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Less intrusive trade agreements today may do more for trade tomorrow

Raghuram G Rajan
Raghuram G Rajan1/23/2020 7:0 AM GMT+08  • 6 min read
Less intrusive trade agreements today may do more for trade tomorrow
Toward the end of the last decade, globalisation – the lowering of barriers to cross-border flows of goods, services, investment, and information – came under severe pressure. Populist politicians in many countries accused others o
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SINGAPORE (Jan 23): Toward the end of the last decade, globalisation – the lowering of barriers to cross-border flows of goods, services, investment, and information – came under severe pressure. Populist politicians in many countries accused others of various economic wrongs, and pushed to rewrite trade agreements. Developing countries have argued for decades that the rules governing international trade are profoundly unfair. But why are similar complaints now emanating from the developed countries that established most of those rules?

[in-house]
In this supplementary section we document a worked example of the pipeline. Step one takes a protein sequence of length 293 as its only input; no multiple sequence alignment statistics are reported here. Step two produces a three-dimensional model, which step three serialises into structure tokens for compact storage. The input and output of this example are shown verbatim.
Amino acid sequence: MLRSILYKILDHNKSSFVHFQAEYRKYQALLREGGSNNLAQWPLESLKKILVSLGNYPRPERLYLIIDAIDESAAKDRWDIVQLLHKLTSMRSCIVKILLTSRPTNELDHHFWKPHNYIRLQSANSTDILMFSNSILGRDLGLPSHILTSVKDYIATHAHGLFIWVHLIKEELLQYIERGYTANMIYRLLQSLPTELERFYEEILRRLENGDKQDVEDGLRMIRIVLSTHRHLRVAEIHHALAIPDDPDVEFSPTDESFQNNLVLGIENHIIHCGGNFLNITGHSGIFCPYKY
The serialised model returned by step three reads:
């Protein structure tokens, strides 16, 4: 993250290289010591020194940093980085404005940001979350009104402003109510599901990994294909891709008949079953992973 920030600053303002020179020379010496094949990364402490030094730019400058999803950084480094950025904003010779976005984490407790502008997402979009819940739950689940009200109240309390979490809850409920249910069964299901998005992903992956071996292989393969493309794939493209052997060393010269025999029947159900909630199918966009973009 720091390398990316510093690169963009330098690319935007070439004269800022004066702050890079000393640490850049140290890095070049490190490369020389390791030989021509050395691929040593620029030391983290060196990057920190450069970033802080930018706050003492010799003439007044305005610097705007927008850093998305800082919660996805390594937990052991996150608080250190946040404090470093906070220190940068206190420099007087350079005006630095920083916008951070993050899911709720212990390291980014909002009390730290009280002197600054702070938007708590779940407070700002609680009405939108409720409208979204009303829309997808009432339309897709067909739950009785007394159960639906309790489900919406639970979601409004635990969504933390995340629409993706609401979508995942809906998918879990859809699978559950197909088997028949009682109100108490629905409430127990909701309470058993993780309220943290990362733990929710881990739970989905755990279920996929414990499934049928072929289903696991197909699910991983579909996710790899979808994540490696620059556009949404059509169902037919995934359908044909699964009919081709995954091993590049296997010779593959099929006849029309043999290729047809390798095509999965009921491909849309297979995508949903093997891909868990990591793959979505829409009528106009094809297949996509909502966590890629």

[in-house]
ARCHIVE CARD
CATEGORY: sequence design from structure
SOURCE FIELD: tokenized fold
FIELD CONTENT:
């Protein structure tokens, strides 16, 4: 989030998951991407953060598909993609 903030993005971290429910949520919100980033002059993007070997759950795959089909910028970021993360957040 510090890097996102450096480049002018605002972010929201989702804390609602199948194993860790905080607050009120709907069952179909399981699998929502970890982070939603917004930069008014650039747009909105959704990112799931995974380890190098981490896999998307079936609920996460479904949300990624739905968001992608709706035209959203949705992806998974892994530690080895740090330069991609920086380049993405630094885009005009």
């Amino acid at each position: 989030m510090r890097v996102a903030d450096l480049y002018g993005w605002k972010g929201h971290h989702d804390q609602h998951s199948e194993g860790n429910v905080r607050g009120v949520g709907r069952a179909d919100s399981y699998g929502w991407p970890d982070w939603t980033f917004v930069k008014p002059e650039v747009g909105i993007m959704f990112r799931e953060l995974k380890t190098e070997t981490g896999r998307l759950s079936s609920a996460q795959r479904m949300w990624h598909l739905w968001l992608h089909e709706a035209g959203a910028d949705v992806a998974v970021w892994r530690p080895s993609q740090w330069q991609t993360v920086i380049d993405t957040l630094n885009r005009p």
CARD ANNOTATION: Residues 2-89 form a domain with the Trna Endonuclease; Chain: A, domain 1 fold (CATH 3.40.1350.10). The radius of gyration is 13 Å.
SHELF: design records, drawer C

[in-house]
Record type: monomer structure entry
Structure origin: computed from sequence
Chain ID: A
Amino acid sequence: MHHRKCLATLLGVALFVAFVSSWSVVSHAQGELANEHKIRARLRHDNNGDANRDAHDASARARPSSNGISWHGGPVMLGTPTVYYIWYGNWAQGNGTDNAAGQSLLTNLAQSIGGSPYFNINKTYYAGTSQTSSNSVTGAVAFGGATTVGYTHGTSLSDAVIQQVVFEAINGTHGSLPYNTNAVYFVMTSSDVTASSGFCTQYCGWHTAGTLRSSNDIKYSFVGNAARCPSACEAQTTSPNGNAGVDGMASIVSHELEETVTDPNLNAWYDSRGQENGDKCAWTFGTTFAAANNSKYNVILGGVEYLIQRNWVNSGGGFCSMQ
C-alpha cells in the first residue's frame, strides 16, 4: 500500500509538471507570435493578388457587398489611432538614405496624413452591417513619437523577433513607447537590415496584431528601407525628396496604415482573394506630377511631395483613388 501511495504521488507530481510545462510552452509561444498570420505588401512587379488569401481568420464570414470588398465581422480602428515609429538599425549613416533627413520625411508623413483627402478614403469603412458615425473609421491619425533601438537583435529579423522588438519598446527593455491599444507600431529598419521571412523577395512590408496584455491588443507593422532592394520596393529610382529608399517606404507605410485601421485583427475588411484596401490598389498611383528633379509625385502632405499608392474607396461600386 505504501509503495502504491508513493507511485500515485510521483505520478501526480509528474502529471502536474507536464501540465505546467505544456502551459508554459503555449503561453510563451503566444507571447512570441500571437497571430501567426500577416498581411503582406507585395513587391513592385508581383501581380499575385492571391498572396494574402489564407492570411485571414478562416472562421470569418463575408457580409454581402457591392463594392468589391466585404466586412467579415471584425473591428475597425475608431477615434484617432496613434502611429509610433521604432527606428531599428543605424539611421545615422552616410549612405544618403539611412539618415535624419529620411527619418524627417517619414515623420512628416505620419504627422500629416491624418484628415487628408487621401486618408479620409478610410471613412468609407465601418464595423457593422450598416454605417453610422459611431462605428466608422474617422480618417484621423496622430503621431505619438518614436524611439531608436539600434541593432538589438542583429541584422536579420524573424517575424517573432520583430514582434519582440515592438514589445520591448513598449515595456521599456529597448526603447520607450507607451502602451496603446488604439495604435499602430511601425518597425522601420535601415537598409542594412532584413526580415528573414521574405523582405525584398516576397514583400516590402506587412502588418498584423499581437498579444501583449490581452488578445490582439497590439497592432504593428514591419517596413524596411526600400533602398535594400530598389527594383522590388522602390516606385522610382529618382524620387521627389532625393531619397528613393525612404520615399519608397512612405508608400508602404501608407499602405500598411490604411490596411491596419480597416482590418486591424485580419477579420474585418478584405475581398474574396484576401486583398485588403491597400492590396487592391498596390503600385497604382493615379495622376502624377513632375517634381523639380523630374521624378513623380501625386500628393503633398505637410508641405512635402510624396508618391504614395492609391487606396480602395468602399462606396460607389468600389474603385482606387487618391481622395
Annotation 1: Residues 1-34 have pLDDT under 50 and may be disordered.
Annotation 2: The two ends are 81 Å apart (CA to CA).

A simple but inadequate explanation is “competition.” In the 1960s and 1970s, industrialised countries focused on opening foreign markets for their goods and set the rules accordingly. Since then, the tide has turned. Emerging economies, especially China, got a lot better at producing goods; and the old rules dictate that developed countries must keep their markets open to the now-more-productive producers from elsewhere.

To a cynical observer, the developed countries’ current efforts to rewrite the rules look like an attempt not to level the playing field, but to thwart competition. One reason why emerging-market producers are competitive is because they pay workers less (typically because those workers are less productive). Hence, the US-Mexico-Canada Agreement (USMCA, the renegotiated Nafta or North American Free Trade Agreement) would limit Mexico’s advantage by requiring that 40-45% of automobile components be made by workers earning at least US$16 ($21.50) per hour (by 2023).

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